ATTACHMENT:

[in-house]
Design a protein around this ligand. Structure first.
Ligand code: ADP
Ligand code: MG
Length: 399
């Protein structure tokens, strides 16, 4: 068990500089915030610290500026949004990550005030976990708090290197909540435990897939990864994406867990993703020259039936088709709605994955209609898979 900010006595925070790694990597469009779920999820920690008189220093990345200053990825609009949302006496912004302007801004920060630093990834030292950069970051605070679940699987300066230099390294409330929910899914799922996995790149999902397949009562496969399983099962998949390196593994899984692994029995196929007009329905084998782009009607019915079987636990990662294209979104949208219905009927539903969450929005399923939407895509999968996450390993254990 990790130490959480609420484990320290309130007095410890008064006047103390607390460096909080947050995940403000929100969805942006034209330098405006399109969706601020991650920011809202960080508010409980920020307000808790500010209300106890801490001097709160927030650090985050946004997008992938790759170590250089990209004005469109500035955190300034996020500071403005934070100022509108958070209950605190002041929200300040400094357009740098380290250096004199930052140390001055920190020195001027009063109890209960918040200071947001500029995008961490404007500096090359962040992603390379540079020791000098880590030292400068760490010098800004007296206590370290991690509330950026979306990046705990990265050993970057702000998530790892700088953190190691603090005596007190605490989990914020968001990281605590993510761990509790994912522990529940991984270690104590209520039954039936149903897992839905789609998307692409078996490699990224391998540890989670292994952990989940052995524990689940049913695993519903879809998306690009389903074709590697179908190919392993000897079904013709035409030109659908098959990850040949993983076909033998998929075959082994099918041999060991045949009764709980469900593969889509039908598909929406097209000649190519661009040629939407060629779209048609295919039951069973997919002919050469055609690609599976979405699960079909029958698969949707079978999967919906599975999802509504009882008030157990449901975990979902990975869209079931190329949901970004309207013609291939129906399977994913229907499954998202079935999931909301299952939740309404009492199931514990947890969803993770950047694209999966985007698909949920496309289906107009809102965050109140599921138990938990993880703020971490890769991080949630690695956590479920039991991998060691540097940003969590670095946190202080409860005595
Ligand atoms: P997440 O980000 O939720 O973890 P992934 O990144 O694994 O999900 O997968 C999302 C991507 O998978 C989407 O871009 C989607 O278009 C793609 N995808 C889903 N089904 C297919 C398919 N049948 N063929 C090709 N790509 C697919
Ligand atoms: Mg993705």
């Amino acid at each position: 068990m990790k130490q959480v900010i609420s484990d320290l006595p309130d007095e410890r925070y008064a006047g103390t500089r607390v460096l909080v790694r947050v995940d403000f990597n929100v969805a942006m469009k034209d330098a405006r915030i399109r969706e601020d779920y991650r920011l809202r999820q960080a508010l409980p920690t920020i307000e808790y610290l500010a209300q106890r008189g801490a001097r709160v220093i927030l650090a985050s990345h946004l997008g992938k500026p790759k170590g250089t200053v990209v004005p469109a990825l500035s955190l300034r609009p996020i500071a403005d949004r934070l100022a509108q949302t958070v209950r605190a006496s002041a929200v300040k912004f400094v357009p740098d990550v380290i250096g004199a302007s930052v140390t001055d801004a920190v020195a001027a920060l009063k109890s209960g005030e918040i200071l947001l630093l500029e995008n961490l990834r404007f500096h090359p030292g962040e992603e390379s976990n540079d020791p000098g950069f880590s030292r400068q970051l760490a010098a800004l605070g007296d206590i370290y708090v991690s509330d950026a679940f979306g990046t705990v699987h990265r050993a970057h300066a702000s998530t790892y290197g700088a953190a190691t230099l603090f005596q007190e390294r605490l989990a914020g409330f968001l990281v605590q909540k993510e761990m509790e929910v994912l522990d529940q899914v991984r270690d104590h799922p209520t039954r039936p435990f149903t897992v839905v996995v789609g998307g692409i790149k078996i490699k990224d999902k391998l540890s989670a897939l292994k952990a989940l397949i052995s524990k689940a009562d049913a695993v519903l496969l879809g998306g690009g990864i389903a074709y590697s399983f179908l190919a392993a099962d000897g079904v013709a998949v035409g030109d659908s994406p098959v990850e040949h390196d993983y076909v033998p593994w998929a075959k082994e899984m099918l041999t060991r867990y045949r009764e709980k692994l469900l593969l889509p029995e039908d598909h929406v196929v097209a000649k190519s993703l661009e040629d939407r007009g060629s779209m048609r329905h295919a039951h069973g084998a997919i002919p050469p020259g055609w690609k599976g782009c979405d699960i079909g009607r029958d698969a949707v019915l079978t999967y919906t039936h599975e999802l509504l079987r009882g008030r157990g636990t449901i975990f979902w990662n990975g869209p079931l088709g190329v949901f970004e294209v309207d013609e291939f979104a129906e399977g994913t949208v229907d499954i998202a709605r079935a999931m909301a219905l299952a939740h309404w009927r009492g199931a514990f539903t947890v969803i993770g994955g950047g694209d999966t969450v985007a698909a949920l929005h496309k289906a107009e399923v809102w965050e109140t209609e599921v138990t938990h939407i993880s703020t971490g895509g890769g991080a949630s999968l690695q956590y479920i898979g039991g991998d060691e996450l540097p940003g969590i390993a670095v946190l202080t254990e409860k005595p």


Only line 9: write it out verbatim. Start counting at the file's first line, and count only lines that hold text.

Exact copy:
């Amino acid at each position: 068990m990790k130490q959480v900010i609420s484990d320290l006595p309130d007095e410890r925070y008064a006047g103390t500089r607390v460096l909080v790694r947050v995940d403000f990597n929100v969805a942006m469009k034209d330098a405006r915030i399109r969706e601020d779920y991650r920011l809202r999820q960080a508010l409980p920690t920020i307000e808790y610290l500010a209300q106890r008189g801490a001097r709160v220093i927030l650090a985050s990345h946004l997008g992938k500026p790759k170590g250089t200053v990209v004005p469109a990825l500035s955190l300034r609009p996020i500071a403005d949004r934070l100022a509108q949302t958070v209950r605190a006496s002041a929200v300040k912004f400094v357009p740098d990550v380290i250096g004199a302007s930052v140390t001055d801004a920190v020195a001027a920060l009063k109890s209960g005030e918040i200071l947001l630093l500029e995008n961490l990834r404007f500096h090359p030292g962040e992603e390379s976990n540079d020791p000098g950069f880590s030292r400068q970051l760490a010098a800004l605070g007296d206590i370290y708090v991690s509330d950026a679940f979306g990046t705990v699987h990265r050993a970057h300066a702000s998530t790892y290197g700088a953190a190691t230099l603090f005596q007190e390294r605490l989990a914020g409330f968001l990281v605590q909540k993510e761990m509790e929910v994912l522990d529940q899914v991984r270690d104590h799922p209520t039954r039936p435990f149903t897992v839905v996995v789609g998307g692409i790149k078996i490699k990224d999902k391998l540890s989670a897939l292994k952990a989940l397949i052995s524990k689940a009562d049913a695993v519903l496969l879809g998306g690009g990864i389903a074709y590697s399983f179908l190919a392993a099962d000897g079904v013709a998949v035409g030109d659908s994406p098959v990850e040949h390196d993983y076909v033998p593994w998929a075959k082994e899984m099918l041999t060991r867990y045949r009764e709980k692994l469900l593969l889509p029995e039908d598909h929406v196929v097209a000649k190519s993703l661009e040629d939407r007009g060629s779209m048609r329905h295919a039951h069973g084998a997919i002919p050469p020259g055609w690609k599976g782009c979405d699960i079909g009607r029958d698969a949707v019915l079978t999967y919906t039936h599975e999802l509504l079987r009882g008030r157990g636990t449901i975990f979902w990662n990975g869209p079931l088709g190329v949901f970004e294209v309207d013609e291939f979104a129906e399977g994913t949208v229907d499954i998202a709605r079935a999931m909301a219905l299952a939740h309404w009927r009492g199931a514990f539903t947890v969803i993770g994955g950047g694209d999966t969450v985007a698909a949920l929005h496309k289906a107009e399923v809102w965050e109140t209609e599921v138990t938990h939407i993880s703020t971490g895509g890769g991080a949630s999968l690695q956590y479920i898979g039991g991998d060691e996450l540097p940003g969590i390993a670095v946190l202080t254990e409860k005595p």